There can be many different causes for your beloved cat reacting sensitively to its favorite food, suddenly losing fur, breaking out in a rash, vomiting or its digestion going haywire. However, good advice doesn't necessarily have to be expensive! When it comes to nutrition for cats with allergies or food intolerances , the main priority is to avoid allergenic ingredients and specifically cater to the cat's special requirements.
Food for Sensitive Cats
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How are allergies triggered?
You must be familiar with the multitude of bags and tins of cat food labeled "sensitive". Such foods are particularly suitable for sensitive cats, but what does the term actually mean in the first place?
For millions of years, the food that small cats hunted themselves was made up of relatively “pure” ingredients: muscle meat, offal, perhaps the vegetable-based gastric content of the prey animal or a few bones. There's no point looking for preservatives, sugar or fillers in the cat's natural prey animals. Feeding cats has become easier for owners with the success of ready food. The diet of many domestic and court cats had up until then merely consisted of table scraps, so the use of ready food with sufficient minerals and vitamins should be considered a very positive development! However, certain additives need to be included in order for cat food to be stored for months or years without any issues.
Nowadays beef, turkey or other large prey animals are present in cat food instead of mice or birds. These sources of meat are unknown to the little feline hunters. Whilst most cats don't have any problems digesting high-quality meat from unfamiliar prey animals, intolerance may occur in isolated cases.
Furthermore, cats can only utilize carbohydrates to a limited extent. As carnivores, they rely on protein as a source of energy, with vegetable-based carbohydrates not accommodating their natural diet. These ingredients strain the body further and can trigger allergies. Nevertheless, a large proportion of vegetable-based ingredients are mixed into dry food for production reasons, despite the fact that many cats show an allergic reaction to grain. Besides, soya is a renowned allergy trigger for cats!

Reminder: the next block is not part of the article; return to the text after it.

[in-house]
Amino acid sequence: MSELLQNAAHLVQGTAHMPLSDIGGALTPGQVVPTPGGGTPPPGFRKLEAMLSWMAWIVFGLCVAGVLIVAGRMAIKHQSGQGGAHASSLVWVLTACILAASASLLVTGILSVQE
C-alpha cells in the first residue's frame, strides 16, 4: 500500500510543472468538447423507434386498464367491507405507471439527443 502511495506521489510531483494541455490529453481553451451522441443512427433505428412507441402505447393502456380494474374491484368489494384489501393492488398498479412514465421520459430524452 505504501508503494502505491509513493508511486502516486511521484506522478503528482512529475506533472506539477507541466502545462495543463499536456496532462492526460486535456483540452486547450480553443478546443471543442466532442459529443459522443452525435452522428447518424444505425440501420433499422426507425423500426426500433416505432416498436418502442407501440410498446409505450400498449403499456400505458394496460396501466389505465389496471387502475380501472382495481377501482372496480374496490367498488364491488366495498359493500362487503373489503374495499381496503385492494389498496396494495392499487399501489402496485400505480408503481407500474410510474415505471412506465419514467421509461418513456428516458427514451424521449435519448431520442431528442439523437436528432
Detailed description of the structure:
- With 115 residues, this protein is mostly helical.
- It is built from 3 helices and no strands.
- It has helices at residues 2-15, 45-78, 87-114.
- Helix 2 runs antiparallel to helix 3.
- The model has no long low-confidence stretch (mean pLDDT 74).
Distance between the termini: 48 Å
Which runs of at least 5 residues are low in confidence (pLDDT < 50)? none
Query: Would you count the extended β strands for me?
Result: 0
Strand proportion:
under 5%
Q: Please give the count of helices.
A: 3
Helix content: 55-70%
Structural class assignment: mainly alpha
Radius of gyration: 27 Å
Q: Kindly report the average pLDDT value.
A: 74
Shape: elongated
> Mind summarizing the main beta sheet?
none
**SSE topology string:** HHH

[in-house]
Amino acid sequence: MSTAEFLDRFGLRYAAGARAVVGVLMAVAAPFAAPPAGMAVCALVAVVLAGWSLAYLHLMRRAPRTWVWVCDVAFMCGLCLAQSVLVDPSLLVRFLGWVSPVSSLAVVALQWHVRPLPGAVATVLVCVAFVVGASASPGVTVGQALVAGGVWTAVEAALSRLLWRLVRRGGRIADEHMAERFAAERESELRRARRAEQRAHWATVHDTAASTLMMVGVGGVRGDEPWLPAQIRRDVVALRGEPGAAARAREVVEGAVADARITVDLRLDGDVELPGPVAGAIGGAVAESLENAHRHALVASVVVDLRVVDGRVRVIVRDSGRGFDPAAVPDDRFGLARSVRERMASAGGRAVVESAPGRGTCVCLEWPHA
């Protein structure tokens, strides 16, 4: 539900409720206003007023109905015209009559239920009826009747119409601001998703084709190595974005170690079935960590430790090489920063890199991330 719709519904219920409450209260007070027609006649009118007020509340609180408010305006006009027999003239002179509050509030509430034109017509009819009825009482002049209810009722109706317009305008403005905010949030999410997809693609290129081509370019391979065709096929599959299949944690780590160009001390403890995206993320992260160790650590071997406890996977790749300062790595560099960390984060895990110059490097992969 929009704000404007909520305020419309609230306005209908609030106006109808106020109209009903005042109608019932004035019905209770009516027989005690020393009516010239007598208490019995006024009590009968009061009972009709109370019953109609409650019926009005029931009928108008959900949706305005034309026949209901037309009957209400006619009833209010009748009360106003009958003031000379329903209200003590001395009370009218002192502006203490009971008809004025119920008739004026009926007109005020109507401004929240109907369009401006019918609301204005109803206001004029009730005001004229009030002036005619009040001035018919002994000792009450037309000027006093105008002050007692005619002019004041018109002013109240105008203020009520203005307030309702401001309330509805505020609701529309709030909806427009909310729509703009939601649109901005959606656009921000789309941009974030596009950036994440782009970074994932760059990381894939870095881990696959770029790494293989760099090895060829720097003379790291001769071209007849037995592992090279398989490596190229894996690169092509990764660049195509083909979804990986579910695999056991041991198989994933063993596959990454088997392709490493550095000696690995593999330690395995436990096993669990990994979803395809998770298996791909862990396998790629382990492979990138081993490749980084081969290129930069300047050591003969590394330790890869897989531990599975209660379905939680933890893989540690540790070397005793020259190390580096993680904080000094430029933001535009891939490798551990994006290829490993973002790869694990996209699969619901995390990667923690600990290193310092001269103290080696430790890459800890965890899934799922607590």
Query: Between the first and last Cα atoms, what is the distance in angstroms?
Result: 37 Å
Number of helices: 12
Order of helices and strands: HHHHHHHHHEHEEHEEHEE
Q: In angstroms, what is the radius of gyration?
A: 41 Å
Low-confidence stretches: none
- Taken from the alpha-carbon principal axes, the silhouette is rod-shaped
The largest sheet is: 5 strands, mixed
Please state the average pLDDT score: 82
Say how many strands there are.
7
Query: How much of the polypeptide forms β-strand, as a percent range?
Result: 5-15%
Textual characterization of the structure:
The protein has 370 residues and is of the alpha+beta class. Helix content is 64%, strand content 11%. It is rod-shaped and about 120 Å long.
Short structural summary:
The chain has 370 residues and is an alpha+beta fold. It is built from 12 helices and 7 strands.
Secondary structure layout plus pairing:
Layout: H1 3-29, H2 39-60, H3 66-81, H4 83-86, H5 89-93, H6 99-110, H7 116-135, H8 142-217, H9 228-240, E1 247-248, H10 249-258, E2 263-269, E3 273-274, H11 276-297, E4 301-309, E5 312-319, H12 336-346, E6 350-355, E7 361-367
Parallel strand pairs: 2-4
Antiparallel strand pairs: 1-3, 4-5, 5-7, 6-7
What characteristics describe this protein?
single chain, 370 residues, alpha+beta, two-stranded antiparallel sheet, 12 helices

Equally, commercially produced pet food rarely consists of the exact nutritional components that the cat would consume in the wild. Ideally, the food should be made up of 85% meat, including muscle meat, connective tissue and organs. The remaining 15 percent should be vegetable-based components in the gastrointestinal tract, bones and feathers. The model should be the mouse, the cat's natural prey. Hence, species-appropriate cat food should consist of 50 to 60 percent protein, 20 to 30 percent fat and 3 to 8 percent carbohydrates, which can naturally be found in the prey animal's gastrointestinal tract. However, further additives are thrown into the mix in order to make production cheaper. Animal and vegetablebased by-pr products are of particular note here. Not all “by-products” are bad, since at the end of the day, a mouse also has a heart, liver, lungs and further offal, although they should be deployed in a sensitive combination. According to European feed regulation, however, it is also permitted to mix in hooves, horns and feathers. These ingredients make less sense, because they have no nutritional value whatsoever for the cat and burden the gastrointestinal tract and urinary organs, resulting in allergic reactions triggered by the body's protective reaction against unfamiliar or potentially damaging substances. When allergies are provoked by ingredients, the term used is food intolerance.Itching, vomiting, diarrhea or skin rash are typical manifestations of an allergy to certain ingredients.